It’s been a while since I’ve written about the Sacred Heart, and that’s almost a travesty given that this is a blog dedicated to the Most Adorable Heart of Jesus! In reparation for this neglect, I would like to postulate an idea surrounding the actualizing principle, or esse, and the role of the Sacred Heart. Before I get ahead of myself, let’s define the philosophical principles known as ens, esse, and essentia.
Ens is a Latin term from scholastic theology which pertains to Being, or that which is. Being is the composition of a subject that is and to which the act of being belongs. This brings me to our next term, esse. Esse is the act of Being, or what moves a thing to be. Given the definition of ens above, we can see that it plays a vital role to the existence of a thing. Lastly, there is essentia which is commonly referred to as “essence.” Essentia is that which makes a thing to be what it is. So, you could think of the blueprint of a building as the essentia, the act of constructing the building as esse, and the completed building itself as the ens. Each of these philosophical terms relies on the other for a thing to come into existence, to be made actual.
What does this have to do with the Sacred Heart? Well, I would like to focus on the act of being or esse. Since esse is the actualizing principle between potential being and actual being, it can be viewed as an emanation from the Godhead. One way of looking at the Godhead is to see It as the Good Itself. Goodness being properly defined as the positive act of being, whereas evil would be a negation of an act of being. Therefore, to bring a thing from non-being to being is a good act. By this rationale, esse could be viewed as “goodness.” But I don’t think this quite yet reaches the function of the Sacred Heart with the nature of Being. Another way to look at an act of good is through love. Love is classically defined as “willing the good of another,” to bring about a perfection in someone else. And since to bring something into being is an ontologically “good act,” and to will the good is love, we can infer from this that esse, the act of Being, is Love. In other words, the esse is the act of Divine Love. God thinks of a creature, and He loves that creature, so this positive act of the Divine Will brings that creature into existence.
“The universe, as represented by St. Thomas, is not a mass of inert bodies passively moved by a force which passes through them, but a collection of active beings each enjoying an efficacy delegated to it by God along with actual being. At the first beginning of a world like this, we have to place no so much a force being exercised as an infinite goodness communicated. Love is the unfathomable source of all causality.”Etienne Gilson, The Christian Philosophy of St. Thomas Aquinas. 1994, pg. 183
Love, in this sense, is at the center of everything. Not in the sentimental notion which currently poison the post-conciliar Church and modernity, but pure Divine love of God. The desire for the Ultimate Good for oneself and the Ultimate Good of all others. To seek the Good for self is to seek the Good for all, as we can see through the words of Our Lord’s Great Commandments: Love God with all your heart, mind, and soul. And love your neighbor as yourself. Charity is the key to everything, as it allows all things to be. Without Love, there is a deficiency in creatures, a blight, an imperfection. And this is the core of God’s actualizing esse. Esse is Love.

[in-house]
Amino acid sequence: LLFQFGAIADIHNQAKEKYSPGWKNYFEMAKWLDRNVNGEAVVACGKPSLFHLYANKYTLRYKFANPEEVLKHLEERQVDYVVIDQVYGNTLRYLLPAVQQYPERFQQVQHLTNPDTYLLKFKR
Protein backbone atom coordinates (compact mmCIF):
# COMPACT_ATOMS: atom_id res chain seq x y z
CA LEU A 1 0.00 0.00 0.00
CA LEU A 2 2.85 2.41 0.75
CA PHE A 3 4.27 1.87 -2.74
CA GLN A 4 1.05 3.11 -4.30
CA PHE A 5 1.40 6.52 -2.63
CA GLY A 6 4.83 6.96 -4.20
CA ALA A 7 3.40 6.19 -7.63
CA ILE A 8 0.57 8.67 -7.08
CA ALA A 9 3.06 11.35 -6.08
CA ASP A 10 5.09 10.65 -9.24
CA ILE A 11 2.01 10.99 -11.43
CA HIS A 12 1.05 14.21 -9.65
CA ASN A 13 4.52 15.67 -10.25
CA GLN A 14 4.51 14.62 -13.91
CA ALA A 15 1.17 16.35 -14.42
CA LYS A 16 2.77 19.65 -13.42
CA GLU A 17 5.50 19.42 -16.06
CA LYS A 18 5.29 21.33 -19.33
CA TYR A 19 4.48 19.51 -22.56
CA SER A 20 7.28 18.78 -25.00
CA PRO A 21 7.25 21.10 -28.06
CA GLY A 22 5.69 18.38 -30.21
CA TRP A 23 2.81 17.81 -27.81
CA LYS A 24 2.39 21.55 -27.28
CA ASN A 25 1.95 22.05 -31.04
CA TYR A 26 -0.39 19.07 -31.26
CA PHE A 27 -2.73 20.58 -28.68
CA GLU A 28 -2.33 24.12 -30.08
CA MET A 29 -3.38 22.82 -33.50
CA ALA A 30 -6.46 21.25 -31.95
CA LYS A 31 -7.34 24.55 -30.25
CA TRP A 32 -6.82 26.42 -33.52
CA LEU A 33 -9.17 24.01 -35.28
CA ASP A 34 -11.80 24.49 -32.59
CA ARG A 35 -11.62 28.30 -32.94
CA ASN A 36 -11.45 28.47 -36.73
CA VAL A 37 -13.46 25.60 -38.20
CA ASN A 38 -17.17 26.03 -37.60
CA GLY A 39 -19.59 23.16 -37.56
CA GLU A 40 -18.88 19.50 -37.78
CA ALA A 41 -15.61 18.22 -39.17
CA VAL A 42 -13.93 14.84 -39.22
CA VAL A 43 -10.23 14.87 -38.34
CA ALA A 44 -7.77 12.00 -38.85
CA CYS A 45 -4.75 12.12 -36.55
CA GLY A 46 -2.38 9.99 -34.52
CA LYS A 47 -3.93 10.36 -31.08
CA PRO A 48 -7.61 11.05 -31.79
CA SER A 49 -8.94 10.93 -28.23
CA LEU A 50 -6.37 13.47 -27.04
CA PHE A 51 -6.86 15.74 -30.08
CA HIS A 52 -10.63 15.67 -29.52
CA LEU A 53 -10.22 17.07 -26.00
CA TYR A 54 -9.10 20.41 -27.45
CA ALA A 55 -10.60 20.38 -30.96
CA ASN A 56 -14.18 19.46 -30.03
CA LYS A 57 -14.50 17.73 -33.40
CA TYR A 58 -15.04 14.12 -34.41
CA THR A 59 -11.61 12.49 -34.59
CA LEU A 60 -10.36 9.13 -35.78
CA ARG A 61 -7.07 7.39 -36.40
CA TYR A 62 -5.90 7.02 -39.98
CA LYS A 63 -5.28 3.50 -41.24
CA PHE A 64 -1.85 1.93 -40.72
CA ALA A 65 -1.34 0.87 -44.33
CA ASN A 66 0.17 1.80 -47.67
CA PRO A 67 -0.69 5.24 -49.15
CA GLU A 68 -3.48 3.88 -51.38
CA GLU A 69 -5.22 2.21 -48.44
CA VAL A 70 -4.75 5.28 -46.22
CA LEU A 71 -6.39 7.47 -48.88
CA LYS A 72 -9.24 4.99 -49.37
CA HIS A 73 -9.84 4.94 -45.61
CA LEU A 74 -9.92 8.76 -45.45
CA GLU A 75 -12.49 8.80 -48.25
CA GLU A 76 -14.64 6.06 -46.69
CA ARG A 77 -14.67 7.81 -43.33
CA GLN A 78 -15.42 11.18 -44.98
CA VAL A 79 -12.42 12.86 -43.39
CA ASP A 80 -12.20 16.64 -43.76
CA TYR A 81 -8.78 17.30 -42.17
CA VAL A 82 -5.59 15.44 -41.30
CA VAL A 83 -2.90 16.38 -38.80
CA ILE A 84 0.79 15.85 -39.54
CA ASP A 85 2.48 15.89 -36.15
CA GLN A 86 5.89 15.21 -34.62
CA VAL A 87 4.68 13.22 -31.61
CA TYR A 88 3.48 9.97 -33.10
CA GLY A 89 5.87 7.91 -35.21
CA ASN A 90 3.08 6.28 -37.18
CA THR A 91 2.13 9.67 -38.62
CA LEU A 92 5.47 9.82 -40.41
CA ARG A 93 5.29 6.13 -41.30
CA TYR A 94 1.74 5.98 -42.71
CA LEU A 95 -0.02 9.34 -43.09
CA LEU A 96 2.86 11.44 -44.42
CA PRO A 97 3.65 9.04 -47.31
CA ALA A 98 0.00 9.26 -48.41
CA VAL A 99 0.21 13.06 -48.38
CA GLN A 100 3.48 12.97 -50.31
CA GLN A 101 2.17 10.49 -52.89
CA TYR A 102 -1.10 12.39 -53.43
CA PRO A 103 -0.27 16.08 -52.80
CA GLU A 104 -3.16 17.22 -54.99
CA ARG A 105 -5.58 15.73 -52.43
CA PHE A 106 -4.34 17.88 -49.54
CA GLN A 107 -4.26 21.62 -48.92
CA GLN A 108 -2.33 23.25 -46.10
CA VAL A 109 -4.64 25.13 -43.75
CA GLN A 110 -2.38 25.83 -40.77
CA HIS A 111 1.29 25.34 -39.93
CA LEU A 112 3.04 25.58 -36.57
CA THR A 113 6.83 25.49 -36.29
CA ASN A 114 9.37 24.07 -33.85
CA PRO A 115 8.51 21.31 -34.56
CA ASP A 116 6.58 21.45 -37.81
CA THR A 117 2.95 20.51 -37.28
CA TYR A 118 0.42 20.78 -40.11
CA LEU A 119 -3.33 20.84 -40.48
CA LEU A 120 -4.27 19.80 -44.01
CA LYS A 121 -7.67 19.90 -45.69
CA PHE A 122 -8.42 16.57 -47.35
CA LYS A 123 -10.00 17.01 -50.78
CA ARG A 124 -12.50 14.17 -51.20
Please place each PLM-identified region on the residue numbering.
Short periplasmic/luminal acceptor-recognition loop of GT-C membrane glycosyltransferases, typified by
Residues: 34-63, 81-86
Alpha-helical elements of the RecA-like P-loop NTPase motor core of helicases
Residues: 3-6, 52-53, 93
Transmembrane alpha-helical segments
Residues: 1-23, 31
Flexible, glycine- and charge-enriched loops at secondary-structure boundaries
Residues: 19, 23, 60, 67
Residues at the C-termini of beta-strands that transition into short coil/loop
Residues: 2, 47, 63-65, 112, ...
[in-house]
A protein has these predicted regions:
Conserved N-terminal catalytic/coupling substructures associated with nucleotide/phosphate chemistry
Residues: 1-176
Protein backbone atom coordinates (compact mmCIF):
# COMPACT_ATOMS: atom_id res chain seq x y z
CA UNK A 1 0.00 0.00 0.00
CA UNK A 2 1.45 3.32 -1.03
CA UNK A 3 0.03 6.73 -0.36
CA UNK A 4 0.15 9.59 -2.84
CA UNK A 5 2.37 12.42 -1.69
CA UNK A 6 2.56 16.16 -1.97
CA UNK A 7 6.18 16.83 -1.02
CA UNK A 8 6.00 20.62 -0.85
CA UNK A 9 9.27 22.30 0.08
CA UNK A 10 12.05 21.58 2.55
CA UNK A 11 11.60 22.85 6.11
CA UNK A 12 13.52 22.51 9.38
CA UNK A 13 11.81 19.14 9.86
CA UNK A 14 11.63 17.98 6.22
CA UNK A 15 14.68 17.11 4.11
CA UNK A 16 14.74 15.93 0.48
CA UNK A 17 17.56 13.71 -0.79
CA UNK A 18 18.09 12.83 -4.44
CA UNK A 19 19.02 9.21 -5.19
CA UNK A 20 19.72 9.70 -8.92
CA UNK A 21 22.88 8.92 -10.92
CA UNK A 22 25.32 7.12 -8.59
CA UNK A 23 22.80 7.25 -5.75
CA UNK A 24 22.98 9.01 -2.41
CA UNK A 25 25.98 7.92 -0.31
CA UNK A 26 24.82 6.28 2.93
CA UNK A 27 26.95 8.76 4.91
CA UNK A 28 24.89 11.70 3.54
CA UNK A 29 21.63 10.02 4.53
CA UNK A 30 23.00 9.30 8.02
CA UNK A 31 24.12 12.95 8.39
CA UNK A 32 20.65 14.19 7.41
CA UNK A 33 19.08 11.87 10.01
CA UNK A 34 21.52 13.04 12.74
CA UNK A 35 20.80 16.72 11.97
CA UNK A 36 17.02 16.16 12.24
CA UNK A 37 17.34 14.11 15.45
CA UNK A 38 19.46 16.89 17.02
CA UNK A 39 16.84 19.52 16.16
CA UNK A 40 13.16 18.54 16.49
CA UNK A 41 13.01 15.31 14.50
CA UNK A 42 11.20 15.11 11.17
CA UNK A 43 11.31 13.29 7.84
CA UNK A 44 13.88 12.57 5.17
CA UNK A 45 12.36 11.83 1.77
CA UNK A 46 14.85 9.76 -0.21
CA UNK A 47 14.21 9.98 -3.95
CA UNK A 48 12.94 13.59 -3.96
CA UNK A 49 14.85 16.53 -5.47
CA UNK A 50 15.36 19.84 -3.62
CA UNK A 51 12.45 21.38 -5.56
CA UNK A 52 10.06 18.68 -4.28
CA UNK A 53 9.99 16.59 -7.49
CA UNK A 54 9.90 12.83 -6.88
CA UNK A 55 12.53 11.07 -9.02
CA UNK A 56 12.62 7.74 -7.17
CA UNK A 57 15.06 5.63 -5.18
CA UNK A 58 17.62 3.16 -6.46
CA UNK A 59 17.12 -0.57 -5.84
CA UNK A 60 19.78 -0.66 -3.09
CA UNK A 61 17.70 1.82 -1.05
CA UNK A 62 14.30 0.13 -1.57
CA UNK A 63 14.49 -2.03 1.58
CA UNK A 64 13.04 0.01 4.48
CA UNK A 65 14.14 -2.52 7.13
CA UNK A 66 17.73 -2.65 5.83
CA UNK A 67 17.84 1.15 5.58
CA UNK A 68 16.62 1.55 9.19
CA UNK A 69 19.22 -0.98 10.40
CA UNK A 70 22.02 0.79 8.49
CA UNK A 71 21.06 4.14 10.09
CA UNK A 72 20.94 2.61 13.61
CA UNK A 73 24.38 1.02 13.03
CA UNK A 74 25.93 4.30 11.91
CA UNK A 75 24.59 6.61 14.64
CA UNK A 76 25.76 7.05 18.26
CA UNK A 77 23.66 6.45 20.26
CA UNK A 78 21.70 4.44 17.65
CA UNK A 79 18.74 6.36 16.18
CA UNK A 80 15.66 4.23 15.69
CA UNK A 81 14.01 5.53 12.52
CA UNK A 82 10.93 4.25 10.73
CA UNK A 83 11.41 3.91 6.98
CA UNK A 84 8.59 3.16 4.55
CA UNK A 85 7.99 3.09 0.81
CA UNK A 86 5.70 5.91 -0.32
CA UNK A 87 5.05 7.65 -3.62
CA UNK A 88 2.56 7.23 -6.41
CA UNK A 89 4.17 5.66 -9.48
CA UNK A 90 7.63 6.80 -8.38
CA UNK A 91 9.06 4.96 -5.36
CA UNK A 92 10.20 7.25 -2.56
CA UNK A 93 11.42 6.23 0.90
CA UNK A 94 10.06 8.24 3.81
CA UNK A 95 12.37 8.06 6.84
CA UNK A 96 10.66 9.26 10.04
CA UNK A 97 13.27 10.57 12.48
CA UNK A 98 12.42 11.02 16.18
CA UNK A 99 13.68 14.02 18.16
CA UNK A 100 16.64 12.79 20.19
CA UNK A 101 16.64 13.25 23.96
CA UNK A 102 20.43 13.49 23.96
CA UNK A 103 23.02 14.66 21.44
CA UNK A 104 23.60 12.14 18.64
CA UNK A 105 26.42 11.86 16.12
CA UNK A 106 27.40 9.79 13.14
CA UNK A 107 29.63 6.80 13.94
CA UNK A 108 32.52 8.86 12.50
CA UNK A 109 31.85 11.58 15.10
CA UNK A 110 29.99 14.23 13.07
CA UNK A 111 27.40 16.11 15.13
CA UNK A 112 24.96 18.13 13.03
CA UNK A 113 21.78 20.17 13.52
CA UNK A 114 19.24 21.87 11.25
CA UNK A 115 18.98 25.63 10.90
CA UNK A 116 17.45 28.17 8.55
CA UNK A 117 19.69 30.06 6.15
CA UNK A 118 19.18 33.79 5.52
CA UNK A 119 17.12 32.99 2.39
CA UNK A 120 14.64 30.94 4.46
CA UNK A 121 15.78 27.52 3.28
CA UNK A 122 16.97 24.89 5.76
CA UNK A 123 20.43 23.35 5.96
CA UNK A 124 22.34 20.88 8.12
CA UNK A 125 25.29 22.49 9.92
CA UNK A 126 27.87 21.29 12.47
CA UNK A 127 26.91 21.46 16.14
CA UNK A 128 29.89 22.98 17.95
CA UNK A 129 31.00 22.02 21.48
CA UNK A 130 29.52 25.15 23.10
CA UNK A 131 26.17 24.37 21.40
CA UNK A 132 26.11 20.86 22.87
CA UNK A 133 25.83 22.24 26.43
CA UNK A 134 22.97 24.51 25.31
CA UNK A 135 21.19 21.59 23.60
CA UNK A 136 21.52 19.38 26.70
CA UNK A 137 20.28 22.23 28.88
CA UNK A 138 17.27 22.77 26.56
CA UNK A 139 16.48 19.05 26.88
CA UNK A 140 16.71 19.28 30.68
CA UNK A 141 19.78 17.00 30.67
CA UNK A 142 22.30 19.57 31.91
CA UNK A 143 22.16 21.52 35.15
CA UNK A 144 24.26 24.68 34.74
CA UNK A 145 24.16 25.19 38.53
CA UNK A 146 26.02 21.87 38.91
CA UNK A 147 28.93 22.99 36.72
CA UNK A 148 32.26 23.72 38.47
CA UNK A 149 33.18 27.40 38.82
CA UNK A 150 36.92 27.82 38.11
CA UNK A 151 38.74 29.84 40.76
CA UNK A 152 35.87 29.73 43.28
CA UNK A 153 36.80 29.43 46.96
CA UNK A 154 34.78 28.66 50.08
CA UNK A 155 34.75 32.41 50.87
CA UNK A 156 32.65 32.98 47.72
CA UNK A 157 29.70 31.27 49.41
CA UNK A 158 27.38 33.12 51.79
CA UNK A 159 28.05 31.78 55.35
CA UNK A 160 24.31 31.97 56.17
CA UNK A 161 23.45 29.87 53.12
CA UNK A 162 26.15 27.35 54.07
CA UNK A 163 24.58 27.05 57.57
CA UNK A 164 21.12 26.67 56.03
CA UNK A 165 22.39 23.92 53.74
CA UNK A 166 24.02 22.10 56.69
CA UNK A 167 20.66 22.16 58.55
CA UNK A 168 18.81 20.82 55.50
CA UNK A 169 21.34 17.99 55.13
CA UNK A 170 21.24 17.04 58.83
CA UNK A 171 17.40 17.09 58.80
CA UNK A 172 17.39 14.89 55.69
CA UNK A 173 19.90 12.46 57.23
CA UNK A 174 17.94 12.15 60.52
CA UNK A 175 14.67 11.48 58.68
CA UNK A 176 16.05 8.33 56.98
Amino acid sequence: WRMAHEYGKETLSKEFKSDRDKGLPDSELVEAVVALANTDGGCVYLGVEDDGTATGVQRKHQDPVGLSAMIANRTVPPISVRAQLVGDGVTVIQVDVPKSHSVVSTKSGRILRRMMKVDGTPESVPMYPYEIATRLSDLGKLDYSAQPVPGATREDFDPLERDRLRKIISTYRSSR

The act of Being does not stop just at bringing a creature into existence, but also serves as how all creatures are perfected. Esse draws the creature upward to the Good, it works to make them better fulfill their essence. And since esse can be correlated to Divine Love, we can see that the Divine Charity, or Heart of God is at the center of all things. To adore, love, and worship the Heart of Jesus is to glorify Being, or the pure Essence of God.
As the flames of love expand forth from the Heart of Christ for all men, so we can see the function of the Divine Emanations, which is characterized as a fire. In the images of the Sacred Heart, there is a light and flame which expresses the overflow of Divine Love for men, signifying the effect of Divine Love in realizing and perfecting mankind. To grow close to this flame is to accept the actualizing effects of God on the soul, to grow in love of Christ is to grow in perfection. And to seek to transform one’s heart into the Sacred Heart is to conform to the Will of God of sharing in the Divinity of Christ.
The Immaculate Heart of Mary is an important part of this perfecting esse as it purifies the hearts of men as required to ascend to the Divine Presence. Detachment from the vanities of this world removes those snares which can retard or halt our upward ascent to God. Detachment from self can allow us to ascend beyond this world. And pure love of God, who is love and love is Being, allows us to finally ascend beyond the mind or the self to the Divine Presence. Transforming the heart of the pious soul into the Immaculate and Sacred Heart of Jesus.
The sheerest way to attain that love of God essential to the Catholic life is to draw close to the Sacred Heart of Jesus, through the Immaculate Heart of Mary. It is by this narrow road that we can come to love the core and center of all Being and attain perfection through openness to the act of Divine Love.
Sources: Being (Ens), Essence (Essentia), and the Act of Being (Esse). Paul Gerard Horrigan, Ph.D., 2013.
The Christian Philosophy of St. Thomas Aquinas. Etienne Gilson, 1994, pg. 183